Science Practice 4: The student can plan and implement data collection strategies appropriate to a particular scientific question.
Experimentation and the collection and analysis of scientific evidence
are at the heart of biology. Data can be collected from many different sources: experimental investigation, scientific observation, the findings
of others, historic reconstruction and archival records. After the student poses a question about biology, he or she is able to investigate and arrive
at answers through experimentation and reasoning. In this coupled process, the student can justify the selection of the kind of data needed to answer a question. For example, if the question is about how temperature affects enzymatic activity, the student should be able to collect data about temperature while controlling other variables, such as pH and solute concentration. To test a hypothesis about an observation, the student is able to design an experiment; identify needed controls; identify needed supplies and equipment from a given list of resources; develop or follow an experimental protocol to collect data; analyze data and draw conclusions from the results; and describe the limitations of the experiment and conclusions. In addition, the student can draw conclusions from experimental results of other scientists, e.g., the historical experiments of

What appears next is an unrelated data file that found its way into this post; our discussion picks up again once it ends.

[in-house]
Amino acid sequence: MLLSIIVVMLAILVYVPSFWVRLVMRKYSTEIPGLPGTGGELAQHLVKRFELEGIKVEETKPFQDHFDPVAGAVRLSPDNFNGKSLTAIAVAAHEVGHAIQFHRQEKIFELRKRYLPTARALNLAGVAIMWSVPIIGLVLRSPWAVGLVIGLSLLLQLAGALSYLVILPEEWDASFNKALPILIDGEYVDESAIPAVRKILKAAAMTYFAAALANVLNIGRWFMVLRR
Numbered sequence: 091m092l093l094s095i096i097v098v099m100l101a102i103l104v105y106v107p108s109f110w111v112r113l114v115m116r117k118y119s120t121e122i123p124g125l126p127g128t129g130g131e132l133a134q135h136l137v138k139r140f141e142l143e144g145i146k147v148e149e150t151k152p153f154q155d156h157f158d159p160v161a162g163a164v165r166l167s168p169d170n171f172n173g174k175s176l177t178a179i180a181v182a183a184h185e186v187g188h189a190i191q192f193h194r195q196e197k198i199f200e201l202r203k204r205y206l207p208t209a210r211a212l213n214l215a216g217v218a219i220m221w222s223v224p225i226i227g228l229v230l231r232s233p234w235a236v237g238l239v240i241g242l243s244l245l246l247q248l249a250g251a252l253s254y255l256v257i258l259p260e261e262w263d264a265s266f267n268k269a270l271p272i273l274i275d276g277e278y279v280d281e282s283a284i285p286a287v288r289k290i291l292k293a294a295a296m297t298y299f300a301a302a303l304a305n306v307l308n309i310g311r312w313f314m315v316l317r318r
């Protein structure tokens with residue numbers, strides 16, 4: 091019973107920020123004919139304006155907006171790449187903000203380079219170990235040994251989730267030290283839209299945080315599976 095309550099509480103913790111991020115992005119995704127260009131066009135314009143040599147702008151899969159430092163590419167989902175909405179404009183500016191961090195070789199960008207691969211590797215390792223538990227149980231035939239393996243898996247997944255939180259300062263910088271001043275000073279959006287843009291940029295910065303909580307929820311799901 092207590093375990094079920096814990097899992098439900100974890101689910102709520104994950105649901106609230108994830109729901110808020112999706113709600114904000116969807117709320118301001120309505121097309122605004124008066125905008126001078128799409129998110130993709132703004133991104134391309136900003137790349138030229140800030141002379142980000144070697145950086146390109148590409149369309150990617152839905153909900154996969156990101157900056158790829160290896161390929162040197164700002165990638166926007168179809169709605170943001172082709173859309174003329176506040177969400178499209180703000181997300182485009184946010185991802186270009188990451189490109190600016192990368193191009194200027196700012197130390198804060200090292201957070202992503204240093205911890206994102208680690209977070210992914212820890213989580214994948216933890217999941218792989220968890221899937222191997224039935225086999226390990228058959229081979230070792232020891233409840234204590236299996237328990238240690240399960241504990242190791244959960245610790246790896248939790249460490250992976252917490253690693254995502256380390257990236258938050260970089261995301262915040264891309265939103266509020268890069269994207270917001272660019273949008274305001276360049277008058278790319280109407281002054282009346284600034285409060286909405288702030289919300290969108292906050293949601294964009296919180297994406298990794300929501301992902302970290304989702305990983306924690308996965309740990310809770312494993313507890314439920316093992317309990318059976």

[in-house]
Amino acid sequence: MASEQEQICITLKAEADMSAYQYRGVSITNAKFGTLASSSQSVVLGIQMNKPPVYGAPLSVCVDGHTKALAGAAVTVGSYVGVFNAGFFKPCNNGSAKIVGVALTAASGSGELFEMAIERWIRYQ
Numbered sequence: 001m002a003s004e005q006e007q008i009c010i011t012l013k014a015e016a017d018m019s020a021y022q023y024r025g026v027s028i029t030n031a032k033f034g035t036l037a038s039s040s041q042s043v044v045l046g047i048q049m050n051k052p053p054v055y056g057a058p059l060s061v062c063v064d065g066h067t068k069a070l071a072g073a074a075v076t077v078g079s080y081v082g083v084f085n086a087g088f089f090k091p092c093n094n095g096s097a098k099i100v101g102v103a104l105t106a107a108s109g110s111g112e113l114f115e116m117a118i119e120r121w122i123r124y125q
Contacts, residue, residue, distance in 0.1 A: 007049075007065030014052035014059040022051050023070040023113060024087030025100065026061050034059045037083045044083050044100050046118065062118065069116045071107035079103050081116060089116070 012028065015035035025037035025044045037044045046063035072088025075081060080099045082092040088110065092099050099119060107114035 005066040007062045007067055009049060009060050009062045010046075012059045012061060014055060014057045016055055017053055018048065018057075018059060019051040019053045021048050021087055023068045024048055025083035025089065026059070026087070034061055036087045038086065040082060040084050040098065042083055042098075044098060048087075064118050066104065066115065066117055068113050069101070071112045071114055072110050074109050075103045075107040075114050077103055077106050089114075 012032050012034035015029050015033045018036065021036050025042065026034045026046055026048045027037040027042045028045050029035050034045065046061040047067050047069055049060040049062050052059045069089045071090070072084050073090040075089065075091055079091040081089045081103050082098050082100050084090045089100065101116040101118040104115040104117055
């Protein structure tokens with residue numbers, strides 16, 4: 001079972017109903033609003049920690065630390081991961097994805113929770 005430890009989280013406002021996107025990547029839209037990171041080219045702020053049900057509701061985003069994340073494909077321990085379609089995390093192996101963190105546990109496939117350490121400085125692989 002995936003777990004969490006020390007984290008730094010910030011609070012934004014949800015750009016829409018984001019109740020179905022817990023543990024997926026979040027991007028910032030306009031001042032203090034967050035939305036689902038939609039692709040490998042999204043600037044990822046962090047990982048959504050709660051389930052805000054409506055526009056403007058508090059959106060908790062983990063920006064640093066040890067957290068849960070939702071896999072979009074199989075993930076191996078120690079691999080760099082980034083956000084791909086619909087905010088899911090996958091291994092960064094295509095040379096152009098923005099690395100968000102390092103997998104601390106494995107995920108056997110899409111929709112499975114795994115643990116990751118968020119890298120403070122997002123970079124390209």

Fredrick Griffith, Calvin and Krebs, Hershey and Chase, and Watson and Crick.
- 4.1 The student can justify the selection of the kind of data needed to answer a particular scientific question.
- 4.2 The student can design a plan for collecting data to answer a particular scientific question.
- 4.3 The student can collect data to answer a particular scientific question.
- 4.4 The student can evaluate sources of data to answer a particular